Climate crisis: Temperature of 38C thought to be highest ever recorded in Arctic circle

By Harry Cockburn
Heat map showing temperatures over the Arctic on 20 June 2020 when a new record of 38C was set in Siberia ( )

A temperature of 38C (100.4F) has been recorded in a Siberian town in what is thought to be a new record high for the Arctic circle.

A weather station in Verkhoyansk logged the temperature on Saturday. If verified, it will overtake an Arctic record set more than a century at Fort Yukon, Alaska, where a temperature of 37.7C (100F) was documented in 1915.

The previous record for the Russian weather station was 37.3C (99.1F), set in July 1988.

The likely new record high comes amid deepening horror at the impact of the unfolding climate crisis, which has already seen a heatwave hit the Arctic unusually early in the year and “zombie fires”, which have lasted the winter, rekindling and causing enormous forest and peat blazes.

In May, Arctic temperatures reached record highs for spring, with some parts of Siberia recording highs of over 20C, which scientists warned had kick-started an earlier annual melting season.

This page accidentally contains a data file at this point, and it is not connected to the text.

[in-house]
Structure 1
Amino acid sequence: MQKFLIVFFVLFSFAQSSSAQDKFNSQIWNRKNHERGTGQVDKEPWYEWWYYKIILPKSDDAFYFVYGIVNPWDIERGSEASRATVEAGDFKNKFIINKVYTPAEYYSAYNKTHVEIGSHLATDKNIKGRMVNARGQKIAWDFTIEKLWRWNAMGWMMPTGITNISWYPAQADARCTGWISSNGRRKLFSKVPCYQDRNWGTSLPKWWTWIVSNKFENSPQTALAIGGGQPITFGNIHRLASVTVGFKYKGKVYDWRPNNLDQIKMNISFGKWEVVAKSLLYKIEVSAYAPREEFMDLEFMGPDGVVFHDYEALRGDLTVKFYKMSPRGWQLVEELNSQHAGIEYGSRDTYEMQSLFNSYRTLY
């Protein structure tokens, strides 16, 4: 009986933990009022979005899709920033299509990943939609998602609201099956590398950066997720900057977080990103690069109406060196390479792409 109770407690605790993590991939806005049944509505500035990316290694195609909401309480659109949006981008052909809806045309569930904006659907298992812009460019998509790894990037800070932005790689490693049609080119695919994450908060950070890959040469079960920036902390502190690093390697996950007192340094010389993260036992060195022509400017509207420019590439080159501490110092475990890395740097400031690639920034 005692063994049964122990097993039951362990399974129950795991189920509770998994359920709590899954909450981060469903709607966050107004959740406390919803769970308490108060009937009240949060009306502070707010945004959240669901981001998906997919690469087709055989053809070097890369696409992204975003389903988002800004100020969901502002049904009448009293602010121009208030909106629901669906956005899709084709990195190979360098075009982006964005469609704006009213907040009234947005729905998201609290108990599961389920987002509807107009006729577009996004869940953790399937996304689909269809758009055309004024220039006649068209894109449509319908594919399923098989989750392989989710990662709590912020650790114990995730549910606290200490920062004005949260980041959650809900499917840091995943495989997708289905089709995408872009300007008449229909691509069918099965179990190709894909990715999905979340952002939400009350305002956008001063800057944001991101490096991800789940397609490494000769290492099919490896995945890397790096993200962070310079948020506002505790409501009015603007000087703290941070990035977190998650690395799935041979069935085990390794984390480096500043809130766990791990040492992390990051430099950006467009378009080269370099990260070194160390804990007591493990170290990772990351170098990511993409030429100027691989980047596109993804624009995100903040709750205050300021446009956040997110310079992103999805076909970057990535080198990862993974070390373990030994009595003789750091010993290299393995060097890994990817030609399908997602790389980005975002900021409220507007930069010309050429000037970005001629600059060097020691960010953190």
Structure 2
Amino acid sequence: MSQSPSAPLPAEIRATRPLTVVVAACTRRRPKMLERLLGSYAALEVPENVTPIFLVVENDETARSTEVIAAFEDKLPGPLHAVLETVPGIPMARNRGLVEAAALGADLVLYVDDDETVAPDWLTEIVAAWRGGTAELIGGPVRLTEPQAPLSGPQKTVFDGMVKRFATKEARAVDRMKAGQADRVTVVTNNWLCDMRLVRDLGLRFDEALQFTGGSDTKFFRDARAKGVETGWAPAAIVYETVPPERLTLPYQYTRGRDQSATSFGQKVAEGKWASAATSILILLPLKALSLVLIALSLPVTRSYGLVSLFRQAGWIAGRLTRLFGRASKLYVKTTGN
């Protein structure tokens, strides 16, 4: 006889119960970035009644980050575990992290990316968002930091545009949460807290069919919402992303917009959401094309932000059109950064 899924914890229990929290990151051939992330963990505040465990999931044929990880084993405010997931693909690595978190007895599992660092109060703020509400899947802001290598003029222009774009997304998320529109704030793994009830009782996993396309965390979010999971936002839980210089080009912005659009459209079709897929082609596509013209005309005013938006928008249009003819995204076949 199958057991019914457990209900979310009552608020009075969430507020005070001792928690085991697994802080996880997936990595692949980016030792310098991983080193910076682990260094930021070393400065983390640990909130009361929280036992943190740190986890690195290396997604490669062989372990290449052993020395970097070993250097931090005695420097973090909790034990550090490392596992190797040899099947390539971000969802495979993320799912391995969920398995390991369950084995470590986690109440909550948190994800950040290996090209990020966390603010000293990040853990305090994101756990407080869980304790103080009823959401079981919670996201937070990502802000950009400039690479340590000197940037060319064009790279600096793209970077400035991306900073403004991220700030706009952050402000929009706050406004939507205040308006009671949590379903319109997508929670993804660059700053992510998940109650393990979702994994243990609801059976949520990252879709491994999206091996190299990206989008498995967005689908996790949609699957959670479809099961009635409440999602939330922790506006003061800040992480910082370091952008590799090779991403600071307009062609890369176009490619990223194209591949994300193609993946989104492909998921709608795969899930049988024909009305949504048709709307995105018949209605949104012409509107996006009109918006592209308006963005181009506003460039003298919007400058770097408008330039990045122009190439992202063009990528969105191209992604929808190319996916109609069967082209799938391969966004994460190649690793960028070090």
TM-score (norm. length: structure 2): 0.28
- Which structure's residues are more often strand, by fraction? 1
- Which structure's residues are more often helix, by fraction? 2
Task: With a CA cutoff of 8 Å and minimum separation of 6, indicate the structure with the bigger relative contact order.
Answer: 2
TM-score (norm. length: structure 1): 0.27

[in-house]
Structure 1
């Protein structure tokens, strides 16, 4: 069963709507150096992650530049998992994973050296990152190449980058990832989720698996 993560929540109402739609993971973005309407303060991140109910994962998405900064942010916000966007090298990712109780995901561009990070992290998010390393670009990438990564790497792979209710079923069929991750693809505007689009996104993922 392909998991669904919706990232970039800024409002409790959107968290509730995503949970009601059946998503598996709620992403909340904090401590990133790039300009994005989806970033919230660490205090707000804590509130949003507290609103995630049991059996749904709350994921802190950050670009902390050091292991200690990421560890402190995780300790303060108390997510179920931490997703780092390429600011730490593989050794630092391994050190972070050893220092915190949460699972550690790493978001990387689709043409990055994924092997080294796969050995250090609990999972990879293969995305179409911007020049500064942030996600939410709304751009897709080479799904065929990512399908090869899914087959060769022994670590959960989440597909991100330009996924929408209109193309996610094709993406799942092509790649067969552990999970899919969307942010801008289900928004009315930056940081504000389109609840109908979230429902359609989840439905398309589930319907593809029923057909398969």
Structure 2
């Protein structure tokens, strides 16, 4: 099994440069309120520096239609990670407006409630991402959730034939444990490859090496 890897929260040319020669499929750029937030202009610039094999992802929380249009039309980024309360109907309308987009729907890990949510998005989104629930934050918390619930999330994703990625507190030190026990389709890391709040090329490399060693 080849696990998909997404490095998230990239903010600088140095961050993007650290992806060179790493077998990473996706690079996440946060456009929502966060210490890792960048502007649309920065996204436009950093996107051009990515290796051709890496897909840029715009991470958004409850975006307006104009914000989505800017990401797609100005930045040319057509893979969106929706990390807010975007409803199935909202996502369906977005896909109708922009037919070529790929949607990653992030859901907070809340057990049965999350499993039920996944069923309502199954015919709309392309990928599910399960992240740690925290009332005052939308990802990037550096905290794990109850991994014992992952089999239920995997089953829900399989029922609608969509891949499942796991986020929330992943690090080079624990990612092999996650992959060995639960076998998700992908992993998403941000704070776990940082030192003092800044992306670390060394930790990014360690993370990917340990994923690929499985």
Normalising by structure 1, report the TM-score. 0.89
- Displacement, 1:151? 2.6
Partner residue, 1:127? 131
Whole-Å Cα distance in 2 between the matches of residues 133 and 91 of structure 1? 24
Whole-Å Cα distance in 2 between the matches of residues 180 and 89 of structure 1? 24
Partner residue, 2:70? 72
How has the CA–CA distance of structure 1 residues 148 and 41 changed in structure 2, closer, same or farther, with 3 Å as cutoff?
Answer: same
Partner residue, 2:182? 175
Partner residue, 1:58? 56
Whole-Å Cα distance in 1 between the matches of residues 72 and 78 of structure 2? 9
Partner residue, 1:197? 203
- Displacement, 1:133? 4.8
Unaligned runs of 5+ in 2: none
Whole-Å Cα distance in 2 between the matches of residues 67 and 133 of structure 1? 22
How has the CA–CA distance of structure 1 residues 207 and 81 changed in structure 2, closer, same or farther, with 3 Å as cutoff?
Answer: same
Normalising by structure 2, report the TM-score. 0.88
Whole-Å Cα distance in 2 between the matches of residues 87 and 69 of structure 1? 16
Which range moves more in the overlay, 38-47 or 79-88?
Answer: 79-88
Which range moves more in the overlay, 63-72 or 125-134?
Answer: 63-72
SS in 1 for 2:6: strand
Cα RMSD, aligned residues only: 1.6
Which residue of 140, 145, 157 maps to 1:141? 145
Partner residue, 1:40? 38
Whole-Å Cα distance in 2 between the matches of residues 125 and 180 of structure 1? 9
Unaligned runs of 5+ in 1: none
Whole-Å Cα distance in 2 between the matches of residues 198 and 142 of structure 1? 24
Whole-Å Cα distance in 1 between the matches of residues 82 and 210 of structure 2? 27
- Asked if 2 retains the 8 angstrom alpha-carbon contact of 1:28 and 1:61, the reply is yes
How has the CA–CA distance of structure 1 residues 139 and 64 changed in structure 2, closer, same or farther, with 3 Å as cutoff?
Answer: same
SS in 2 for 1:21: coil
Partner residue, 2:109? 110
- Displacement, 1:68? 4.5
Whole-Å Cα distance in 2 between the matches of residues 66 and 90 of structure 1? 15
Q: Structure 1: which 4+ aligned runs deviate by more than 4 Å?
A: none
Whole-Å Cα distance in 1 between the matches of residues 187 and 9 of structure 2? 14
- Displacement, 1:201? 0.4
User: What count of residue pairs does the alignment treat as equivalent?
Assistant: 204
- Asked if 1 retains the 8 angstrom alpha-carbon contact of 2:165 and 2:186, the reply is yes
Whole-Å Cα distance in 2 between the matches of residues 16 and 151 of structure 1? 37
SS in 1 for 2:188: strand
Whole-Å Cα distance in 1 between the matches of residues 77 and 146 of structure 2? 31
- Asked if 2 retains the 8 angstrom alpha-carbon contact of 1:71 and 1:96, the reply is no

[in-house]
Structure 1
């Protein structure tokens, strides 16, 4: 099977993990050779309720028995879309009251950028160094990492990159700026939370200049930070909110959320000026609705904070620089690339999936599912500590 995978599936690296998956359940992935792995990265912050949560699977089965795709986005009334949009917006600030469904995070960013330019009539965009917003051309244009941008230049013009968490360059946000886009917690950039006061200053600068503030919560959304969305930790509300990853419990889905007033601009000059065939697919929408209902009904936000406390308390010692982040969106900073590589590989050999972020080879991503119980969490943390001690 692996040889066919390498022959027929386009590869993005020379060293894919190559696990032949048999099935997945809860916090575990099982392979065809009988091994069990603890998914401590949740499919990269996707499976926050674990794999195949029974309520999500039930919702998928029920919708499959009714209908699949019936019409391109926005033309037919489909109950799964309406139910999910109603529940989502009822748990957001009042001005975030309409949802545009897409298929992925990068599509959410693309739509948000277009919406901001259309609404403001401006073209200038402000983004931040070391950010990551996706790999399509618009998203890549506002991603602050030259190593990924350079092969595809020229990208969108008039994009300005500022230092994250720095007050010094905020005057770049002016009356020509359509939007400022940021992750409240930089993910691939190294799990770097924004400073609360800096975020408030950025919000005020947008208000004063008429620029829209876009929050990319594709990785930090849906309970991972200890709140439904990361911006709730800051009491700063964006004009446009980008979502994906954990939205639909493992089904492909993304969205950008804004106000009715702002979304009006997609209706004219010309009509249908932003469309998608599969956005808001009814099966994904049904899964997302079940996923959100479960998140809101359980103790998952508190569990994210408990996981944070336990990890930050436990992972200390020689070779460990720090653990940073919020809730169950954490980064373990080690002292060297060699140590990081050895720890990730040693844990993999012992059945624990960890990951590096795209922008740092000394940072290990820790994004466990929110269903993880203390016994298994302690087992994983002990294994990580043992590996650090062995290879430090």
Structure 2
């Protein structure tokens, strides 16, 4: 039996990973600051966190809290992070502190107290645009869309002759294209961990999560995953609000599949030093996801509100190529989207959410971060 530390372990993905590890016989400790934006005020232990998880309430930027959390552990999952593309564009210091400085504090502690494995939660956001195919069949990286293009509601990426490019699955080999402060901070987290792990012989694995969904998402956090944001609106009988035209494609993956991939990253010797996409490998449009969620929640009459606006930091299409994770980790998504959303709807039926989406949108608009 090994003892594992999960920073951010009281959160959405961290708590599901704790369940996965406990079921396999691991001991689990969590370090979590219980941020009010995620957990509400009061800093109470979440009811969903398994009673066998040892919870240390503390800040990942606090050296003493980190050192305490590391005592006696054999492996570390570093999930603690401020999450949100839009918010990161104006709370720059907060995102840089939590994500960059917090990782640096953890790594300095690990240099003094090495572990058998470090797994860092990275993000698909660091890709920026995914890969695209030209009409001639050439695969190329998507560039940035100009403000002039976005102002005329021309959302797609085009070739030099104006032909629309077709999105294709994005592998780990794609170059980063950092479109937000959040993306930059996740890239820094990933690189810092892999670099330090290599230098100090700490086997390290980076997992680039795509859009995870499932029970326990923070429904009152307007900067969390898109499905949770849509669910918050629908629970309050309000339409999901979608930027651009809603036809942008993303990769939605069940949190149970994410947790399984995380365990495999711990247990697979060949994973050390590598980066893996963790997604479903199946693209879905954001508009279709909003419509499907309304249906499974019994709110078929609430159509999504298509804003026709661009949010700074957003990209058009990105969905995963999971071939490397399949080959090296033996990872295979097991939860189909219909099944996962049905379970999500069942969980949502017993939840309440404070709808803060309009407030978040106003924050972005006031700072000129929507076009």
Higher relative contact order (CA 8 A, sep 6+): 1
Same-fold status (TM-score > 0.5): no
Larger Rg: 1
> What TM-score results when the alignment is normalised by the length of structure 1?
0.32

“What’s happening in Siberia this year is nothing short of remarkable,” said Jeff Berardelli, a CBS News meteorologist. He said the new record in Verkhoyansk was “the kind of weather we expect by 2100, 80 years early.”

“For perspective Miami has only reached 100 degrees once on record," he added.

Verkhoyansk, in northeast Russia, holds the Guinness world record for the widest temperature range on Earth. Its record low, logged in in February 1892, is -67.8C coldest; some 105.8C less than its new extreme high.

The United Nations said Saturday's extraordinary heat was "17C hotter than normal for 20 June".

"Global hating is accelerating, and some parts of the world are heating a lot faster than others," it said in a tweet. “The #RaceToZero emissions is a race for survival.”

The rapidly warming temperatures in the Arctic and the resultant lack of snow and ice over land and sea are believed to be part of a vicious circle in which the uncovered earth and oceans absorb more heat than when they’re under their highly-reflective winter cloak.

This exacerbates warming, which can have unexpected consequences. One reason the number of fires in Arctic environments may be increasing is that the warming climate is leading to more frequent lightning strikes. This provides the ignition which is then fuelled by the warmer, drier material on the ground.